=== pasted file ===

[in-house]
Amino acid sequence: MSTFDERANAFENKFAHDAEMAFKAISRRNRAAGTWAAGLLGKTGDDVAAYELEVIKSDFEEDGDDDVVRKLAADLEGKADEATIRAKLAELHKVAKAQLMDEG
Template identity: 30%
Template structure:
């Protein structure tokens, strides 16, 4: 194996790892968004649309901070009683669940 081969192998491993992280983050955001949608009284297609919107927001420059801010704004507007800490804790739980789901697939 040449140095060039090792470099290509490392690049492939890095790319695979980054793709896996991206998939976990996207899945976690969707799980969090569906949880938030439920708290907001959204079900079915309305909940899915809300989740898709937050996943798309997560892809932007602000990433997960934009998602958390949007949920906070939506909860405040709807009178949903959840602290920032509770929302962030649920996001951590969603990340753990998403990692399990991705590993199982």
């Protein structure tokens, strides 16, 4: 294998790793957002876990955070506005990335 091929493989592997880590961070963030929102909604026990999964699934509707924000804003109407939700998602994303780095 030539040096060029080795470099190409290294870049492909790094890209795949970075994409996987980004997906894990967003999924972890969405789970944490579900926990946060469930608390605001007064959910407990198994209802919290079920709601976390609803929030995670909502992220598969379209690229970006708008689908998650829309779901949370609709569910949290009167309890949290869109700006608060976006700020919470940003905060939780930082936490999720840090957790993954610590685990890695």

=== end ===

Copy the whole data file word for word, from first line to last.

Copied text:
[in-house]
Amino acid sequence: MSTFDERANAFENKFAHDAEMAFKAISRRNRAAGTWAAGLLGKTGDDVAAYELEVIKSDFEEDGDDDVVRKLAADLEGKADEATIRAKLAELHKVAKAQLMDEG
Template identity: 30%
Template structure:
């Protein structure tokens, strides 16, 4: 194996790892968004649309901070009683669940 081969192998491993992280983050955001949608009284297609919107927001420059801010704004507007800490804790739980789901697939 040449140095060039090792470099290509490392690049492939890095790319695979980054793709896996991206998939976990996207899945976690969707799980969090569906949880938030439920708290907001959204079900079915309305909940899915809300989740898709937050996943798309997560892809932007602000990433997960934009998602958390949007949920906070939506909860405040709807009178949903959840602290920032509770929302962030649920996001951590969603990340753990998403990692399990991705590993199982």
């Protein structure tokens, strides 16, 4: 294998790793957002876990955070506005990335 091929493989592997880590961070963030929102909604026990999964699934509707924000804003109407939700998602994303780095 030539040096060029080795470099190409290294870049492909790094890209795949970075994409996987980004997906894990967003999924972890969405789970944490579900926990946060469930608390605001007064959910407990198994209802919290079920709601976390609803929030995670909502992220598969379209690229970006708008689908998650829309779901949370609709569910949290009167309890949290869109700006608060976006700020919470940003905060939780930082936490999720840090957790993954610590685990890695």